Achilles Tendonitis – Tendonosis

Painful foot and ankle conditions arising from an injured Achilles tendon is a common condition that is commonly seen by podiatrists
Achilles tendonitis is commonly seen in our practice and can be difficult to treat. The Achilles tendon is a large structure running between the heel of your foot and the calf muscles. This tendon has several functions including operating as a shock absorber, foot stabiliser, and for active propulsion in activities such as walking and running. If you overload your Achilles tendon it can lead to the tendon becoming inflamed or even small tears developing over time.

Common Conditions - Achilles Tendonitis

Common Conditions – Achilles Tendonitis

Achilles tendonitis is the result of excessive stress placed on the Achilles tendon and its attachment at your heel. The most common area of irritation is about 4-5 cm above the heel. This stress is usually attributable to over use of the muscle tendon unit as it attempts to stabilise and then propel you forwards. As the muscle receives better blood supply and is better at adaptation than the tendon, it is the tendon that generally affected
The most common causes of Achilles tendonitis is a sudden increase in activity coupled with poor flexibility and poor foot posture. Other contributing factors include excessive weight, poor footwear, poor lower limb mechanics and changes in running/playing surfaces.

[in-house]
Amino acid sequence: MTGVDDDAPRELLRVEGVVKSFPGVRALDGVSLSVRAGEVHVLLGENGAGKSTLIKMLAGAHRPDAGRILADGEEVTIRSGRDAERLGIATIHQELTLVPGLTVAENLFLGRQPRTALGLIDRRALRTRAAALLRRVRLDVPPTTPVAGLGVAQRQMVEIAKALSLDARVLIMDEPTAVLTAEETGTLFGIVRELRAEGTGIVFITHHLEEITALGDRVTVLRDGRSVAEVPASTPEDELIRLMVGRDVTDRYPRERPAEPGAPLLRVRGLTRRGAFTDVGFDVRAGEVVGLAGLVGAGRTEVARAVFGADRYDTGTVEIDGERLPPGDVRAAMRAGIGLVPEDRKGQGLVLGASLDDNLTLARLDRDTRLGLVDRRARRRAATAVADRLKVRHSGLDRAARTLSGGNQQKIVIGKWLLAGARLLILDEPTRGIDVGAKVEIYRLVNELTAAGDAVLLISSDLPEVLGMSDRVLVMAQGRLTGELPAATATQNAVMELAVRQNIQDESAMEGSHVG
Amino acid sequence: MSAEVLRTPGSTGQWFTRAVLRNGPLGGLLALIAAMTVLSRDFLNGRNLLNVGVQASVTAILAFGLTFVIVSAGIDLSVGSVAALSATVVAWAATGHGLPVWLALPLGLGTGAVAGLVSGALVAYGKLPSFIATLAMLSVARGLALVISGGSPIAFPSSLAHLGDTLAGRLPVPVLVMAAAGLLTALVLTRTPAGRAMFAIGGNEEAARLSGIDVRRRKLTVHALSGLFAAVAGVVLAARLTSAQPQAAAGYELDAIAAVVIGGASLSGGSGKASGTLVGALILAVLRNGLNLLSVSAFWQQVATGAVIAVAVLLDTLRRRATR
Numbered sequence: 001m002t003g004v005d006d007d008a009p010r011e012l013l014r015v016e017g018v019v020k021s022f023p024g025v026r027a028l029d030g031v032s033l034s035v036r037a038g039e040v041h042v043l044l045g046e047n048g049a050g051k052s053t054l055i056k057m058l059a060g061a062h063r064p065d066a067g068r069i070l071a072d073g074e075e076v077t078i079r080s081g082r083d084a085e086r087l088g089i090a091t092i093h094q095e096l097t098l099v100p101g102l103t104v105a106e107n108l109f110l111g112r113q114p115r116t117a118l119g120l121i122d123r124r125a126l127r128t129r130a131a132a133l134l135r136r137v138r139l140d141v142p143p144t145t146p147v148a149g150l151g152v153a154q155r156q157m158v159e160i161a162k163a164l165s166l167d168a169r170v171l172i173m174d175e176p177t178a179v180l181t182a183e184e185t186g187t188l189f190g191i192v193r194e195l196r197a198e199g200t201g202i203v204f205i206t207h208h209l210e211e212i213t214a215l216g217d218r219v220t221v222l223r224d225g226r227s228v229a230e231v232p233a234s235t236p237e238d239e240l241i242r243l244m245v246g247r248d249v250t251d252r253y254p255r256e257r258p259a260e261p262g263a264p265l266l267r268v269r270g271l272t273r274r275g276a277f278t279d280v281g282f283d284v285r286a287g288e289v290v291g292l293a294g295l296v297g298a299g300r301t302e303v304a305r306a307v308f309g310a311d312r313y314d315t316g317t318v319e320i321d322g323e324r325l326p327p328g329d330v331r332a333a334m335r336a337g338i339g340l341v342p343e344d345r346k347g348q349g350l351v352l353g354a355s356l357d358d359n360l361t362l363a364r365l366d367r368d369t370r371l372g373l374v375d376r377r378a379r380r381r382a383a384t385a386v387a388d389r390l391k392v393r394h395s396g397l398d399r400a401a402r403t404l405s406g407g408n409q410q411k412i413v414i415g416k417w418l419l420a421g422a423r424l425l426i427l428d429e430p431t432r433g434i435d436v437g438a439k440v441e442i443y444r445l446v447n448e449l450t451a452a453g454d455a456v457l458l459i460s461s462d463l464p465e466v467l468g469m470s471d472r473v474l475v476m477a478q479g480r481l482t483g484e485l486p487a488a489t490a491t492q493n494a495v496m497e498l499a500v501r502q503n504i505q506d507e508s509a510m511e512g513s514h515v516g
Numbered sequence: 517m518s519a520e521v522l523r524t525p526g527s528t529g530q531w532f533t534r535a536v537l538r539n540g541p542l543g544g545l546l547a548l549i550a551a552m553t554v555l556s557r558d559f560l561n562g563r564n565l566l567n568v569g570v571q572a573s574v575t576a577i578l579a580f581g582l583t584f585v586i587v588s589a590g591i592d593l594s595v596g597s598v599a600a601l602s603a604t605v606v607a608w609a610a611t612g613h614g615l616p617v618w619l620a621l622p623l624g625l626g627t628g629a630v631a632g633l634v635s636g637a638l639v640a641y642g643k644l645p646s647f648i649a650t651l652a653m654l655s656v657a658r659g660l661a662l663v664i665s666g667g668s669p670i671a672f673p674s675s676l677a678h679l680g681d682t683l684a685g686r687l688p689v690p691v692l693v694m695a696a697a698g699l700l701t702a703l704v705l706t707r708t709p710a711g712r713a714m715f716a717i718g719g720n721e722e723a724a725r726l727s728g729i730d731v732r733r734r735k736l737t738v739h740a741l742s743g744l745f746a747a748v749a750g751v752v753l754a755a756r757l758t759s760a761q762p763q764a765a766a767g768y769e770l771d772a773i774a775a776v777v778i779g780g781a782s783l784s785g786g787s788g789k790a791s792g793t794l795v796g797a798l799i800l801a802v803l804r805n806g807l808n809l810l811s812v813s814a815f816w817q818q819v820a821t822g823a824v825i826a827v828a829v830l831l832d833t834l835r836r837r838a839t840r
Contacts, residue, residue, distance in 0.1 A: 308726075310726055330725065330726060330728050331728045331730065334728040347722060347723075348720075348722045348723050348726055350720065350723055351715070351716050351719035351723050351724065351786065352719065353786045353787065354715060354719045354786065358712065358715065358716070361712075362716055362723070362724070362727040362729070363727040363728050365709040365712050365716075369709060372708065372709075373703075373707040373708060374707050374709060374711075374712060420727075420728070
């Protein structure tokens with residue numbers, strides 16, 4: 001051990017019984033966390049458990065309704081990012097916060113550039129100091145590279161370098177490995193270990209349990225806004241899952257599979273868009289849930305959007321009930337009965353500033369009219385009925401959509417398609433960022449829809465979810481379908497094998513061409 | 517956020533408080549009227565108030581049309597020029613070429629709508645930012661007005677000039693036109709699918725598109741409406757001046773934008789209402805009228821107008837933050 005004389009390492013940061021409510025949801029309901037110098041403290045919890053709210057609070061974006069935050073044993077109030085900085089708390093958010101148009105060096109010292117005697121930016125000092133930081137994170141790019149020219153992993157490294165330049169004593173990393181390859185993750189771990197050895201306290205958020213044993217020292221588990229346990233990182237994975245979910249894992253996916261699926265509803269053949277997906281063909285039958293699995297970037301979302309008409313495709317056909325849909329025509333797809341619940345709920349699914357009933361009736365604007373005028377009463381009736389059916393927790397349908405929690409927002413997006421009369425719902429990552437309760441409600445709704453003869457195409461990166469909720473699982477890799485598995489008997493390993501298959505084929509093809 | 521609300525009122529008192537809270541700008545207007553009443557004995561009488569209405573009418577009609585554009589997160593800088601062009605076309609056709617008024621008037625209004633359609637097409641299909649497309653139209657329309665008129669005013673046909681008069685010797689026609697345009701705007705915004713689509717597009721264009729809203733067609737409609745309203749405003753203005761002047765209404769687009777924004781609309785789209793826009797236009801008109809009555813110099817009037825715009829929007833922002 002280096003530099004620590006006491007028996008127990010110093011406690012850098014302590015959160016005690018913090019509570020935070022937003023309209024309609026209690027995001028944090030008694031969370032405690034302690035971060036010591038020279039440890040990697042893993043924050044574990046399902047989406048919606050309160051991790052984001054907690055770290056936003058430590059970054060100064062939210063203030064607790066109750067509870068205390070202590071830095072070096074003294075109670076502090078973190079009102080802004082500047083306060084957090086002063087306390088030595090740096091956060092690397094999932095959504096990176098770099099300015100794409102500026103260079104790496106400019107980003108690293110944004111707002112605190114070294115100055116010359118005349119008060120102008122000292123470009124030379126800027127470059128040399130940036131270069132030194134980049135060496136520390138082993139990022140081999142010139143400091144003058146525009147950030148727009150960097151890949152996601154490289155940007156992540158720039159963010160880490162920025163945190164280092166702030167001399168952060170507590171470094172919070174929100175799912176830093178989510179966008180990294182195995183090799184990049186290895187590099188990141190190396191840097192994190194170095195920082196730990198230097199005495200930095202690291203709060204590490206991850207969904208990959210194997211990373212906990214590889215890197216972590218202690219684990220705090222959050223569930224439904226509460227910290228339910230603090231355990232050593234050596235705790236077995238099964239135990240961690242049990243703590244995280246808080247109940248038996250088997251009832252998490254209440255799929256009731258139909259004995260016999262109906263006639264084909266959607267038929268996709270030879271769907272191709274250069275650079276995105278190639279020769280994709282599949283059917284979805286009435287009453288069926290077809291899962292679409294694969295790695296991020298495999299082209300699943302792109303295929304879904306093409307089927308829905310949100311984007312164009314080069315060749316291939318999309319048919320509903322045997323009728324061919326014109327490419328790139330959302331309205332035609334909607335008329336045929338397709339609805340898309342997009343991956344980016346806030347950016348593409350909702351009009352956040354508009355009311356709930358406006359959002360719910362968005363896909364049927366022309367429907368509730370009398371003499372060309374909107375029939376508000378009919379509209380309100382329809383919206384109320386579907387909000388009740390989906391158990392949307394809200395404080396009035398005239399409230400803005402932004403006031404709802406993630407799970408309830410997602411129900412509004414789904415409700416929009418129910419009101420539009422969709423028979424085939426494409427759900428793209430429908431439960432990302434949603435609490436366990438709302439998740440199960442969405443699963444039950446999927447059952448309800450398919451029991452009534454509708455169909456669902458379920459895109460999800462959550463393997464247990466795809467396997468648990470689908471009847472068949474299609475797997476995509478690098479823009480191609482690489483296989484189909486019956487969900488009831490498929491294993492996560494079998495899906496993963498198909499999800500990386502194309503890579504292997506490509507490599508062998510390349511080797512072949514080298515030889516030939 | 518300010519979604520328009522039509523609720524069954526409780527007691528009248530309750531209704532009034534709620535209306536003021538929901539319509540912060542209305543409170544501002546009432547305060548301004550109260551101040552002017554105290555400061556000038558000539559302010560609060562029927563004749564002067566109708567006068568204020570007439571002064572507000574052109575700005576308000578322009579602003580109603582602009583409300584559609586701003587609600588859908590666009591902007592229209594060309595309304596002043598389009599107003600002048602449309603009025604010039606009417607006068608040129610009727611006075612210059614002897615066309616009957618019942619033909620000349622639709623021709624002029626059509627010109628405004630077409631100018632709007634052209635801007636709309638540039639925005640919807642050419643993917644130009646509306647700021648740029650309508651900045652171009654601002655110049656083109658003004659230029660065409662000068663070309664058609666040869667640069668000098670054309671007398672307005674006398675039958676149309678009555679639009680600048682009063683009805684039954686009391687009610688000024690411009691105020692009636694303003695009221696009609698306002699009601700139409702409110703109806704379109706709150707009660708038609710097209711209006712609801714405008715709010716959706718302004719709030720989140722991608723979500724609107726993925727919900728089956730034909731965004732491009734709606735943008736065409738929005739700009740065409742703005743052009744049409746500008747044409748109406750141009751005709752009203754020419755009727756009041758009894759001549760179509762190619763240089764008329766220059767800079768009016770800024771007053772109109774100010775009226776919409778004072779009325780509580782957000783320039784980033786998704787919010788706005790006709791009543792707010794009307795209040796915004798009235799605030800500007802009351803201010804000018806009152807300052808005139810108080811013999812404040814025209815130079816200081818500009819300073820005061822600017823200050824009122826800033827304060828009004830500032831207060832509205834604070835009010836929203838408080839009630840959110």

The primary symptom patients identify is pain along the tendon itself with examination. Pain can also be experienced with the tendon at its attachment. Clinically pain is experienced upon awakening and taking your first steps or walking after a period of rest.It will generally be tender to touch and is exacerbated with up/downhill walking

In order to successfully treat/manage Achilles tendonitis/tendonosis, it is important to address the causative factors rather than tackle the symptoms.

We have the latest technology when it comes to gait analysis and biomechanical treatment tools to assist in managing the problem efficiently. Typically your plan will involve biomechanical correction, self-management strategies, and local treatment modalities that address any strength issues. Physiotherapy treatment and rehabilitation is also generally essential to assist in management. Treatment options for Achilles tendonitis include: Corrective orthotics, sports shoe assessment and advice, stretching and strengthening exercises, anti-inflammatories, short term strapping techniques, graduated loading programmes and rest if necessary. More invasive treatment for more severe cases could also be necessary such as corticosteroid or ABI. Delaying treatment/management decreases your chances of treatment being successful. orthotics

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